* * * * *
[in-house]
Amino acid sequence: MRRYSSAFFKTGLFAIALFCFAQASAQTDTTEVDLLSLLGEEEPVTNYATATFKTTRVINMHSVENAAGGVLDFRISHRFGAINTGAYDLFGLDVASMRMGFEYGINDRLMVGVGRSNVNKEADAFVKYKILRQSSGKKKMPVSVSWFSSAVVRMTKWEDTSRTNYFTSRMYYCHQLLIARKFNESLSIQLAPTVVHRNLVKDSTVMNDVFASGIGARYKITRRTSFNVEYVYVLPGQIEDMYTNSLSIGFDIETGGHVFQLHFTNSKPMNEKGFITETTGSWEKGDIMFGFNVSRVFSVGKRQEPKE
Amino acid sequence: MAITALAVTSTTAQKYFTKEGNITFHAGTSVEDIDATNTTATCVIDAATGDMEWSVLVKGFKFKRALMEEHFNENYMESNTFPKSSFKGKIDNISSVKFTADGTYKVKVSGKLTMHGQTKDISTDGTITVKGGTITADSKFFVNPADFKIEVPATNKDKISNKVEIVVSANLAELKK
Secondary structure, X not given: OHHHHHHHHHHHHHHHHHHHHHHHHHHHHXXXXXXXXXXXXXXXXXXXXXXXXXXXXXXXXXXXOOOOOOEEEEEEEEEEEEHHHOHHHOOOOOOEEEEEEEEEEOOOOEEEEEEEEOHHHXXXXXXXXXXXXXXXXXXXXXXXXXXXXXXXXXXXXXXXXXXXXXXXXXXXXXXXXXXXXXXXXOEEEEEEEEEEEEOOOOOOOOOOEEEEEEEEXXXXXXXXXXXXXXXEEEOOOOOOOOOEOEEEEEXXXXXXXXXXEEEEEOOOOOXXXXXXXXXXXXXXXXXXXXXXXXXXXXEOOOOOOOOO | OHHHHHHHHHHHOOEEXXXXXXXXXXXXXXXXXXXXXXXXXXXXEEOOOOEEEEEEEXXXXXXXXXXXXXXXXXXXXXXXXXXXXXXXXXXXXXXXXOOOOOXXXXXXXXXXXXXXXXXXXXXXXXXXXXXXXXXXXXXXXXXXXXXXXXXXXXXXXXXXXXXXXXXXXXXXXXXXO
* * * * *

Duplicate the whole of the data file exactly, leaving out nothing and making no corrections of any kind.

[in-house]
Amino acid sequence: MRRYSSAFFKTGLFAIALFCFAQASAQTDTTEVDLLSLLGEEEPVTNYATATFKTTRVINMHSVENAAGGVLDFRISHRFGAINTGAYDLFGLDVASMRMGFEYGINDRLMVGVGRSNVNKEADAFVKYKILRQSSGKKKMPVSVSWFSSAVVRMTKWEDTSRTNYFTSRMYYCHQLLIARKFNESLSIQLAPTVVHRNLVKDSTVMNDVFASGIGARYKITRRTSFNVEYVYVLPGQIEDMYTNSLSIGFDIETGGHVFQLHFTNSKPMNEKGFITETTGSWEKGDIMFGFNVSRVFSVGKRQEPKE
Amino acid sequence: MAITALAVTSTTAQKYFTKEGNITFHAGTSVEDIDATNTTATCVIDAATGDMEWSVLVKGFKFKRALMEEHFNENYMESNTFPKSSFKGKIDNISSVKFTADGTYKVKVSGKLTMHGQTKDISTDGTITVKGGTITADSKFFVNPADFKIEVPATNKDKISNKVEIVVSANLAELKK
Secondary structure, X not given: OHHHHHHHHHHHHHHHHHHHHHHHHHHHHXXXXXXXXXXXXXXXXXXXXXXXXXXXXXXXXXXXOOOOOOEEEEEEEEEEEEHHHOHHHOOOOOOEEEEEEEEEEOOOOEEEEEEEEOHHHXXXXXXXXXXXXXXXXXXXXXXXXXXXXXXXXXXXXXXXXXXXXXXXXXXXXXXXXXXXXXXXXOEEEEEEEEEEEEOOOOOOOOOOEEEEEEEEXXXXXXXXXXXXXXXEEEOOOOOOOOOEOEEEEEXXXXXXXXXXEEEEEOOOOOXXXXXXXXXXXXXXXXXXXXXXXXXXXXEOOOOOOOOO | OHHHHHHHHHHHOOEEXXXXXXXXXXXXXXXXXXXXXXXXXXXXEEOOOOEEEEEEEXXXXXXXXXXXXXXXXXXXXXXXXXXXXXXXXXXXXXXXXOOOOOXXXXXXXXXXXXXXXXXXXXXXXXXXXXXXXXXXXXXXXXXXXXXXXXXXXXXXXXXXXXXXXXXXXXXXXXXXO